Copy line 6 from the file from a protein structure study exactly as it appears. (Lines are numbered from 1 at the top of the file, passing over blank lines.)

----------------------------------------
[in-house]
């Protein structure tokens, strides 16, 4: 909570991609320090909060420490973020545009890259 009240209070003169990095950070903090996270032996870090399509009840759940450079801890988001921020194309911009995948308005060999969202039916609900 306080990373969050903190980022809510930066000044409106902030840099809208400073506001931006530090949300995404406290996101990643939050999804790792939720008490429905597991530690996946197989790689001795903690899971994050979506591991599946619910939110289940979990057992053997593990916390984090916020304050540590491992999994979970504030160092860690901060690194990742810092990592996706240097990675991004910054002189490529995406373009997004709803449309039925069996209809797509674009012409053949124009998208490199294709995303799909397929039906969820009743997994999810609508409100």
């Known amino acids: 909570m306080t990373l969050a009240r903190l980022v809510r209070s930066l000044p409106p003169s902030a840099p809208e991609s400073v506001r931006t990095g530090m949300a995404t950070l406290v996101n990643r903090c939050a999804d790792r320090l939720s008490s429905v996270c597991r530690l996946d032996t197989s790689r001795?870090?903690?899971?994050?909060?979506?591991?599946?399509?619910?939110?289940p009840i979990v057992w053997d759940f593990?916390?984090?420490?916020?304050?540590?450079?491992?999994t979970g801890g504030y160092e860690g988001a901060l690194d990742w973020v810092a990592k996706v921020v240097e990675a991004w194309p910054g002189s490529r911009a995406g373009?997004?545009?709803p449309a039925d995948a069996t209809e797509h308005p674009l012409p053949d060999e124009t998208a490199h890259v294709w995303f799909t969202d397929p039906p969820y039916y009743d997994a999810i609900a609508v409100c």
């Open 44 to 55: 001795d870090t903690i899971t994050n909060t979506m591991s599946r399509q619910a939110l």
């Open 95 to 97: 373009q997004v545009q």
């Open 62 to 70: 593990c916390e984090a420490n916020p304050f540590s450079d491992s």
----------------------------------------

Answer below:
């Open 62 to 70: 593990c916390e984090a420490n916020p304050f540590s450079d491992s």